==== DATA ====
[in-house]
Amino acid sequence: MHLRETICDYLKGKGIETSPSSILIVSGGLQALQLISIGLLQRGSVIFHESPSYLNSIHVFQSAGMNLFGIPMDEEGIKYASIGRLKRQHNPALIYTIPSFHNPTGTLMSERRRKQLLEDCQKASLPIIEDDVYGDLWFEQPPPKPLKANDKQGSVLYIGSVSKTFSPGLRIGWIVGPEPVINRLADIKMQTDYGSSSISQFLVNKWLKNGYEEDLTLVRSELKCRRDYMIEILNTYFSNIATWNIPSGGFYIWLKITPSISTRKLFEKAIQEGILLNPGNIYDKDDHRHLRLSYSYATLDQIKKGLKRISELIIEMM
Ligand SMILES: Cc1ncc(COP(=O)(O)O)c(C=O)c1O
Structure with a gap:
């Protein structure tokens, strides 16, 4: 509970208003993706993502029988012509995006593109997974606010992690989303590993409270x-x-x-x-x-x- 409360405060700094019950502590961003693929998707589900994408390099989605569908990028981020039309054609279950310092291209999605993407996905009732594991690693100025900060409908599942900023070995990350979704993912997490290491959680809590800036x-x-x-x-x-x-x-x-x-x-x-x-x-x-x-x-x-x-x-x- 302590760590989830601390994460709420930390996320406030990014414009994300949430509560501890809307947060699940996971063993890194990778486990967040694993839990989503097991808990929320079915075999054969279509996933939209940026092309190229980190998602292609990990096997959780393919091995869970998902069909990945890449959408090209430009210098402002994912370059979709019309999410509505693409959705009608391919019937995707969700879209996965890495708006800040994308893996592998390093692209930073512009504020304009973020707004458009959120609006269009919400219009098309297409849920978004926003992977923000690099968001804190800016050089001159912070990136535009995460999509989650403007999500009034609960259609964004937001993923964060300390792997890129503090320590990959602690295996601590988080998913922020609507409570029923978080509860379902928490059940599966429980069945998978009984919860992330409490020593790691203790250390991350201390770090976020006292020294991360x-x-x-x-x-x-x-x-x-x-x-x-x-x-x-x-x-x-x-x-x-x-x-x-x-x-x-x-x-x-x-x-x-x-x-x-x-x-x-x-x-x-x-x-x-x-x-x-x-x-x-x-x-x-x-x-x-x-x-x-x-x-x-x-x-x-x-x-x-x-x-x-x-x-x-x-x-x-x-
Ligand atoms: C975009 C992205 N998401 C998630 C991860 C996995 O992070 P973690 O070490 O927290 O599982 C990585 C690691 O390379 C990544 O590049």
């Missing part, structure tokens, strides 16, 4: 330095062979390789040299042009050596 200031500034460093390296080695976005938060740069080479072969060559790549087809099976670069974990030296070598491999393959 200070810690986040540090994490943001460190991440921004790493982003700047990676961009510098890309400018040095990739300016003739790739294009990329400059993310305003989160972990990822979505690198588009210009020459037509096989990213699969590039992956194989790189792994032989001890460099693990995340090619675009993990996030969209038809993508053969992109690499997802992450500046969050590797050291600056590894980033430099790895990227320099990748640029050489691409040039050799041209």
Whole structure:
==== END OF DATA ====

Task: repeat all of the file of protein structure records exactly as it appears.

[in-house]
Amino acid sequence: MHLRETICDYLKGKGIETSPSSILIVSGGLQALQLISIGLLQRGSVIFHESPSYLNSIHVFQSAGMNLFGIPMDEEGIKYASIGRLKRQHNPALIYTIPSFHNPTGTLMSERRRKQLLEDCQKASLPIIEDDVYGDLWFEQPPPKPLKANDKQGSVLYIGSVSKTFSPGLRIGWIVGPEPVINRLADIKMQTDYGSSSISQFLVNKWLKNGYEEDLTLVRSELKCRRDYMIEILNTYFSNIATWNIPSGGFYIWLKITPSISTRKLFEKAIQEGILLNPGNIYDKDDHRHLRLSYSYATLDQIKKGLKRISELIIEMM
Ligand SMILES: Cc1ncc(COP(=O)(O)O)c(C=O)c1O
Structure with a gap:
């Protein structure tokens, strides 16, 4: 509970208003993706993502029988012509995006593109997974606010992690989303590993409270x-x-x-x-x-x- 409360405060700094019950502590961003693929998707589900994408390099989605569908990028981020039309054609279950310092291209999605993407996905009732594991690693100025900060409908599942900023070995990350979704993912997490290491959680809590800036x-x-x-x-x-x-x-x-x-x-x-x-x-x-x-x-x-x-x-x- 302590760590989830601390994460709420930390996320406030990014414009994300949430509560501890809307947060699940996971063993890194990778486990967040694993839990989503097991808990929320079915075999054969279509996933939209940026092309190229980190998602292609990990096997959780393919091995869970998902069909990945890449959408090209430009210098402002994912370059979709019309999410509505693409959705009608391919019937995707969700879209996965890495708006800040994308893996592998390093692209930073512009504020304009973020707004458009959120609006269009919400219009098309297409849920978004926003992977923000690099968001804190800016050089001159912070990136535009995460999509989650403007999500009034609960259609964004937001993923964060300390792997890129503090320590990959602690295996601590988080998913922020609507409570029923978080509860379902928490059940599966429980069945998978009984919860992330409490020593790691203790250390991350201390770090976020006292020294991360x-x-x-x-x-x-x-x-x-x-x-x-x-x-x-x-x-x-x-x-x-x-x-x-x-x-x-x-x-x-x-x-x-x-x-x-x-x-x-x-x-x-x-x-x-x-x-x-x-x-x-x-x-x-x-x-x-x-x-x-x-x-x-x-x-x-x-x-x-x-x-x-x-x-x-x-x-x-x-
Ligand atoms: C975009 C992205 N998401 C998630 C991860 C996995 O992070 P973690 O070490 O927290 O599982 C990585 C690691 O390379 C990544 O590049």
């Missing part, structure tokens, strides 16, 4: 330095062979390789040299042009050596 200031500034460093390296080695976005938060740069080479072969060559790549087809099976670069974990030296070598491999393959 200070810690986040540090994490943001460190991440921004790493982003700047990676961009510098890309400018040095990739300016003739790739294009990329400059993310305003989160972990990822979505690198588009210009020459037509096989990213699969590039992956194989790189792994032989001890460099693990995340090619675009993990996030969209038809993508053969992109690499997802992450500046969050590797050291600056590894980033430099790895990227320099990748640029050489691409040039050799041209």
Whole structure: